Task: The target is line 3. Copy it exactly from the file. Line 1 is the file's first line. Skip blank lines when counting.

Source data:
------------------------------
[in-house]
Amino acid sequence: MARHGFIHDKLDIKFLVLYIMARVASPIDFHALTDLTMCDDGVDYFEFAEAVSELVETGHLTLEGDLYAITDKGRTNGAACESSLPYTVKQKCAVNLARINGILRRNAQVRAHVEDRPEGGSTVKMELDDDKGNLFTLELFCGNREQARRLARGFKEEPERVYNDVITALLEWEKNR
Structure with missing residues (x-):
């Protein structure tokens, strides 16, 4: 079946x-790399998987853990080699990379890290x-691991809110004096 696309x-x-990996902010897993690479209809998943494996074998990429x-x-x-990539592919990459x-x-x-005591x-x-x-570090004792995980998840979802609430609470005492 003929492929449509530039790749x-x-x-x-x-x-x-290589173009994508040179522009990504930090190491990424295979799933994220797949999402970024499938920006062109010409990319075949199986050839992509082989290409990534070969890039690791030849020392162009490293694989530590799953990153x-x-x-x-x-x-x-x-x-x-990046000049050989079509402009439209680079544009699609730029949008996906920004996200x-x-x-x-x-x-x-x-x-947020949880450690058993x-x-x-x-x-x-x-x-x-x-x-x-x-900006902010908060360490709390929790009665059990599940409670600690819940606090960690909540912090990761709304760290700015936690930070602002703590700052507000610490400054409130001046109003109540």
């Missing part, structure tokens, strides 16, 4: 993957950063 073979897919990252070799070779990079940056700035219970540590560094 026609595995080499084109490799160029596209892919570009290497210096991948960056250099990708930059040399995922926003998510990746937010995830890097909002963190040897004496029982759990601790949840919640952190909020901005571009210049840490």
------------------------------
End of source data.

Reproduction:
Structure with missing residues (x-):